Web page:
The injury changed me. I had dark days and nights during my recovery. I was angry with myself for not being more careful on the ladder. I had climbed Mount Kilimanjaro in Tanzania, navigated the Franz Josef Glacier and hiked the rugged Milford Track in New Zealand, rappelled at Devil's Lake in Wisconsin and rafted the whitewaters near Denali in Alaska – without incident or injury. Then I fell off a ladder in my backyard.
My limited mobility forced me to think about my life, my relationships and my expectations of others. Most importantly, it forced me to think about who I am and the road ahead in the next chapter of my life.
While they say there’s no medical evidence that a broken bone will be stronger once healed, my fractured ankle became a metaphor for how I want to deal with – and bring healing strength to – all the “broken” things in my life that still elicit great pain after many years. My injury was physical but it became a pathway for a deeper change that had been building for a lifetime. As Bobby Herrera, CEO of Populus Group, wrote in The Gift of Struggle: "I introduced the phrase ‘resetting the broken arm’ to remind us to break things in order to make them better.”
Normal again? What is normal?
Having grown up in a dysfunctional family with an abusive alcoholic father, I was the classic middle child – often caught up in the sometimes violent arguments between my parents and forced into the role of peacemaker. I became a people pleaser; constantly seeking the approval and affirmation of others rather than looking inside myself. I was hyper-critical. I was too serious and judged myself without mercy at times. I was competitive in every aspect of my life and not satisfied with anything less than "winning." It made me bitter, cynical and resentful of others. But I learned to hide it well. I wore the emotional “mask” donned by children of an alcoholic parent, and I wouldn’t let others inside my life.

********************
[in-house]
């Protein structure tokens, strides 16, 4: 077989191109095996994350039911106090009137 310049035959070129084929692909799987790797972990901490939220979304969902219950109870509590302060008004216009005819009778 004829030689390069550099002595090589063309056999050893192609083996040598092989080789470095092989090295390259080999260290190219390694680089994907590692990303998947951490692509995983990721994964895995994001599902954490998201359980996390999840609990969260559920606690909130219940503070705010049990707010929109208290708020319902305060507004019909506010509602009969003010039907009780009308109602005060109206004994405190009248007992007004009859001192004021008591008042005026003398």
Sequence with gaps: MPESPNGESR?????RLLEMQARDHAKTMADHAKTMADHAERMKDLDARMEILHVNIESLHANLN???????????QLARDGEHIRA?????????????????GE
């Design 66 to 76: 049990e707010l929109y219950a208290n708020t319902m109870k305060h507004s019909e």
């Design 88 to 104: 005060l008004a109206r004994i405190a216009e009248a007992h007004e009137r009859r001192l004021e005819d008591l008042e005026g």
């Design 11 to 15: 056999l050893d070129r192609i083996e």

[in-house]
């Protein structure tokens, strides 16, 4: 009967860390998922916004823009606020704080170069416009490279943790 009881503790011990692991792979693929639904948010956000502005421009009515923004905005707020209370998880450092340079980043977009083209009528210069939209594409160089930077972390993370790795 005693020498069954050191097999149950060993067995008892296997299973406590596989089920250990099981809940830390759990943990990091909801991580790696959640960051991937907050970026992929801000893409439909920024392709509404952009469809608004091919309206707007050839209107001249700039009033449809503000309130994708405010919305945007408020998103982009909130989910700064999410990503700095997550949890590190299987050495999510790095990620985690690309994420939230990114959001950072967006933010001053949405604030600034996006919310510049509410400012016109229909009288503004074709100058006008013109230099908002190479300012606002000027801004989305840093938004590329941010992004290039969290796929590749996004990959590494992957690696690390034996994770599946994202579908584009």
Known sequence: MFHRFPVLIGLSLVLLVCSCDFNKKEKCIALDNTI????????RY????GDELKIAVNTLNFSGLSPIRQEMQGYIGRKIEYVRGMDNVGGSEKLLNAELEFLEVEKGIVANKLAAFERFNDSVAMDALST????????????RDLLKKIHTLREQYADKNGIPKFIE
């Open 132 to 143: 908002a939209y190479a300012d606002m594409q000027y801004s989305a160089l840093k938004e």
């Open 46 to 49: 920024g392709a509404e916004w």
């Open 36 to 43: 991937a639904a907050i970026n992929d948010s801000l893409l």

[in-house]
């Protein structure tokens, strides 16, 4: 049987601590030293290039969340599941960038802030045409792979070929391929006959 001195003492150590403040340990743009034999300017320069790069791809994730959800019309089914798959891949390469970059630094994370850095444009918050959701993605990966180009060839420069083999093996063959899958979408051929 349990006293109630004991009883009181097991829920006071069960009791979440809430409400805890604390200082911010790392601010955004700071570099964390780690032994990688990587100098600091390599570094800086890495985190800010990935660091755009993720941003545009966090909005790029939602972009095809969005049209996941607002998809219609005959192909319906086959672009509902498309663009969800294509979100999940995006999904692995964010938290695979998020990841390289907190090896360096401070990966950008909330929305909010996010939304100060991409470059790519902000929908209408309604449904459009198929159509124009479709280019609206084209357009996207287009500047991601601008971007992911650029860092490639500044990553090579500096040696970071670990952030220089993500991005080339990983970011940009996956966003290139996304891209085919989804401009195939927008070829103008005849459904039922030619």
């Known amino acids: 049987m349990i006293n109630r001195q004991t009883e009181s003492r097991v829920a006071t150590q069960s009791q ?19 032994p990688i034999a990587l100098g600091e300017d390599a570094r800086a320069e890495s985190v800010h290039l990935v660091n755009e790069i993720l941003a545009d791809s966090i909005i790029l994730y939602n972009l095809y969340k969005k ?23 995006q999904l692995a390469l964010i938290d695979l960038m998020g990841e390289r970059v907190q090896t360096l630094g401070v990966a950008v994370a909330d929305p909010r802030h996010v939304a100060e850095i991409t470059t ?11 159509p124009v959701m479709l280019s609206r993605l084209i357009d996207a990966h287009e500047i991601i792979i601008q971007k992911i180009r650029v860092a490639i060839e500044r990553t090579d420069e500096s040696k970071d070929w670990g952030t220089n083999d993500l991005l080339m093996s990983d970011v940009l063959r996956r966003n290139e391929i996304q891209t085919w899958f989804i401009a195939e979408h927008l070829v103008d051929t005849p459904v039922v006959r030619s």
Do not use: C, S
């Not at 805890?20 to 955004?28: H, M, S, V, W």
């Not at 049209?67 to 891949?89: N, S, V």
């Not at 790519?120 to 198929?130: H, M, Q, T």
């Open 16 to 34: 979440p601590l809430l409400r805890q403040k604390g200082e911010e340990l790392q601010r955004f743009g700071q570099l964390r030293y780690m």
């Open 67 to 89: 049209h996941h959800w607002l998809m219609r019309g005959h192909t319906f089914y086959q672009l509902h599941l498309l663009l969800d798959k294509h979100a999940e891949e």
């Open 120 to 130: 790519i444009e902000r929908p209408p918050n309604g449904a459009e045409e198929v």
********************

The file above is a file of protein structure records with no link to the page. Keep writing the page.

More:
I praise God for lighting my path through the darkest of times; for opening the right doors at the right time; for blessing me with my loving wife of 42 years, our children and grandchildren; for putting wonderful coaches, teachers, mentors, models and true friends in my life; and for placing me in great organizations where I could serve and lead others.
Over time, I’ve begun opening up more. In January, I wrote a LinkedIn post that professed what I know and believe deep inside: “The enemy against greatness is the unwillingness to change. We’ve got to be able to change some of the things that we’ve been doing to demand more from ourselves and become the people we want to be.”
With my LinkedIn post, I put a stake in the ground. A man named James Warda, a member who I follow, posed an appropriate challenge to what I had written: “Agreed, Keith. Any advice on how best to do that? :)“
It's a question I must answer for myself, and I hope it might help others. .
It’s said that the past announces the future and the future repeats the past. The future we build depends on what we learn from the past. In the days ahead I’ll share what I’m doing to take my leadership and my life forward in the year ahead.
When I read this week about the sudden passing of Kaiser Permanente CEO Bernard Tyson at 60, I remembered how our agency team worked with him during his ascent to a new leadership role. One afternoon in Oakland, we discussed the forces shaping healthcare and the qualities that distinguish great leaders. Tyson was authentic, bold, courageous and an eloquent spokesman for the industry, his company and where we’ve fallen short in serving others. He was a real leader.
And now, his journey has ended.
What is the message when we suddenly lose someone who has touched our lives?